Saturday, 10 November 2007

Fire Panel Training, Thanksgiving, and a long, long night...

Since the last post I entered on this site, I have been Fire Panel trained. This happened on Thursday. The Fire Panel is an electronic system that is connected to all the smoke detectors, heat sensors and panic buttons on the ship. It is also linked to the numerous fire doors on the ship, heavy doors that can be closed at the click of a button to slow down the progression of smoke or flames. If smoke or heat is detected (or someone presses one of the numerous panic buttons) the system immediately enters "Prewarning" and if there is a rapid increase in temperature or smoke the system registers "Fire". It is then the responsibility of the receptionist to contact (on day shift) the Duty Officer or (on night shift) the night patrolman. We then give the Duty Officer or patrolman the position of the problem, according to the nearest room number as shown on the panel. It is then up to them to investigate the cause of the problem and take the appropriate action. We then standby. We have our own radios and if we lose contact with the Duty Officer or patrolman for a period of one minute we then assume the worst and hit the "Crew Alert" alarm. This is an alarm that musters only the trained emergency personnel, such as the Fire Teams and the Emergency Medical Teams. If the situation is deemed worse enough, then the "General Crew" alarm is activated and that musters all crew on the ship to their respective muster stations. In port this would be the dock, whilst on the sea this would be up on Deck 7, at the lifeboat stations. So it has been very interesting learning about the Fire Panel and all the emergency systems in place.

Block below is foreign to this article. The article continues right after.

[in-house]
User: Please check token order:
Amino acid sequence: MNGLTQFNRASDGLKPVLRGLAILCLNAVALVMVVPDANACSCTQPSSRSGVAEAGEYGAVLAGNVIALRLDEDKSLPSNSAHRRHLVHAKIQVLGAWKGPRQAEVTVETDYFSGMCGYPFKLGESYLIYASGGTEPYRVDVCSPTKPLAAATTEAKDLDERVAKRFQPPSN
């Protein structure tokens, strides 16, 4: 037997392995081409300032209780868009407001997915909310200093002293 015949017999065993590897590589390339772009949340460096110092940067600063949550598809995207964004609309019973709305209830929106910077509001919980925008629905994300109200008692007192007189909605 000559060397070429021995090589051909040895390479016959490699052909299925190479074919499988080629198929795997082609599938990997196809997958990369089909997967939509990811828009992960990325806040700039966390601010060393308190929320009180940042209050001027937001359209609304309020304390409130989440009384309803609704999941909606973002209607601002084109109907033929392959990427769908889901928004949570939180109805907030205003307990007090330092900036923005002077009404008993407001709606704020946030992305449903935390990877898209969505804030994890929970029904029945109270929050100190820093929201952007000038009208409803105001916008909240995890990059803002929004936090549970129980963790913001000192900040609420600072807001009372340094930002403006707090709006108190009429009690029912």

After my training I did a practical exam. The Safety Officer went around setting off the detectors and it was up to me to control the situation on the Fire Panel. At the same time she had people dial the 911 phone (our Emergency phone) and I had to deal with these calls as well. After the practical exam I had to write a written test, the results of which I still wait.

On Thursday evening we had a special Thanksgiving dinner (turkey, mashed potatoes, vegetables, etc) followed by an awesome Thanksgiving service in the International Lounge. We had a wonderful time of worship and had communion as well. Crew members were invited to come up front when they saw their nation's name and say a thanksgiving prayer in their mother tongue. This was very special. It is amazing to see so many people, from so many different cultures and nations, unified in a common goal and purpose - bringing glory to God.

Last night I did my first full night shift. 23h00 until 07h45 this morning. It was insanely long and I struggled to stay awake, but it was also interesting to see what I have to do during the night shift. There is about two to three hours of actual work that one must do, including ensuring all crew are accounted for and preparing things for the following day. Once I had finished my shift this morning I went and had a shower and headed back into my bunk. I slept for about four hours. Which is enough - just - for me.

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